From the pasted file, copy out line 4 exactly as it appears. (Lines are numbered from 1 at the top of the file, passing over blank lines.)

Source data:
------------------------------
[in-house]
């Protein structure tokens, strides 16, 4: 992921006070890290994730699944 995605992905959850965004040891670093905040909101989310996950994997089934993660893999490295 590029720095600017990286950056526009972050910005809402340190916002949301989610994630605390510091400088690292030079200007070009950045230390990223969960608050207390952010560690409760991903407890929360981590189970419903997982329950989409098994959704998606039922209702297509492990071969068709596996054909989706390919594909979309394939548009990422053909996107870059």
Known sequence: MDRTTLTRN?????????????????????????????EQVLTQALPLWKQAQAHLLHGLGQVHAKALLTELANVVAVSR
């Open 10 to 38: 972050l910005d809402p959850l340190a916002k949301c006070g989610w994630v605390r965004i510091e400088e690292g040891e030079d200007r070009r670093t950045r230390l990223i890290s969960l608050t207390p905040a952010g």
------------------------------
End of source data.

């Open 10 to 38: 972050l910005d809402p959850l340190a916002k949301c006070g989610w994630v605390r965004i510091e400088e690292g040891e030079d200007r070009r670093t950045r230390l990223i890290s969960l608050t207390p905040a952010g």